First, Break All the Rules: What the World’s Greatest Managers Do Differently is one of those books that would be on the NI official reading list, if we had one. It’s based on a series of Gallup surveys and interviews in which they asked employees hundreds of questions about how satisfied they were with their work environment, and then correlated that with profitability, turnover, and such.
It turns out that happy employees are in fact more productive, and that most of their happiness comes down to their immediate manager. This book is aimed at managers, and the “break all the rules” part means that there’s no one way to manage people – you have to take their personality and abilities into account and handle everyone differently.
Another important point is that people have talents that are fairly unchangeable. I, for example, am terrible at confronting people – I get nervous and fidgety and overly defensive and it leaves me very fragile. Now, if I were to practice confronting people and work on it for a while, I could probably overcome some of these physical side effects, but I would never be great or even good at it.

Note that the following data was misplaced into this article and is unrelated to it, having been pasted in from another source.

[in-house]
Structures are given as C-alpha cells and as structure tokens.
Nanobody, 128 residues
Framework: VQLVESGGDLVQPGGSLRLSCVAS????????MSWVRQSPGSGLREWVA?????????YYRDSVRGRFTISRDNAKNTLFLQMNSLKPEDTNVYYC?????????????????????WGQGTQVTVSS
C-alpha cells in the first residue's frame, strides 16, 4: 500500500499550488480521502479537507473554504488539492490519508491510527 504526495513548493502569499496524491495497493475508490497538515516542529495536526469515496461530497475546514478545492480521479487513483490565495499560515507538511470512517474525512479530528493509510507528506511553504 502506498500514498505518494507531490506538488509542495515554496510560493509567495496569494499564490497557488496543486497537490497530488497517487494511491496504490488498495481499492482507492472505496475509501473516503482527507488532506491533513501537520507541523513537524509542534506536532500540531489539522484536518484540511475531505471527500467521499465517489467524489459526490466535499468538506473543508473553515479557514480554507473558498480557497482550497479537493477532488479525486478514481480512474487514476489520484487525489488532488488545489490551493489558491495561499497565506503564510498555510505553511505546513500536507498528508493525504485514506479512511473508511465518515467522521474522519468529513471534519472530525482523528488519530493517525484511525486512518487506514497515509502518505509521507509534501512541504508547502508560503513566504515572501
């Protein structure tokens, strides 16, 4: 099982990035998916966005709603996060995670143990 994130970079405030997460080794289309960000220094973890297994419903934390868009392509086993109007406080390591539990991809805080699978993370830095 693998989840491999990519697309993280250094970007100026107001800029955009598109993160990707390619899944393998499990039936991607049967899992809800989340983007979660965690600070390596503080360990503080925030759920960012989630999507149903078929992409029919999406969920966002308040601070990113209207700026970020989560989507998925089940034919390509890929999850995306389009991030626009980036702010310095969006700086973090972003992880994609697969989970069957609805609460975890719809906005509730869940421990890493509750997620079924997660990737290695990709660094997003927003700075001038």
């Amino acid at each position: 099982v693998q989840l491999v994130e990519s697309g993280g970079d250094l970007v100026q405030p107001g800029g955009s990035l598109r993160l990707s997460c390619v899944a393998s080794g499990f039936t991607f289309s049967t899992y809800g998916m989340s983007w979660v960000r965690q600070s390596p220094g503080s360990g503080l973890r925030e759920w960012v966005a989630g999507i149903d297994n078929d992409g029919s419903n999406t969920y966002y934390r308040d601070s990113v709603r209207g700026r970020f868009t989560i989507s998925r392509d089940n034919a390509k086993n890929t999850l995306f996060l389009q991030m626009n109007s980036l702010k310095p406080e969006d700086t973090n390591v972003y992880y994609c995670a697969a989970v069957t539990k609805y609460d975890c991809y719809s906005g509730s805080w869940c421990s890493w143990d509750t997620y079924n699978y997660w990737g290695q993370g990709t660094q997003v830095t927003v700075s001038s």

So the point is figure out what talents your employees have and make sure they’re in a good position to use those talents. This is a big theme of Now, Discover Your Strengths, which I might review someday.
A corollary of this is that not everyone wants to go into management, and you should create a career path for people who are happy and good at what they’re doing now. That way people won’t feel forced to do something they’re not good at to get more money, prestige, etc.
It’s a good book with a bunch of interesting anecdotes. I’d recommend it!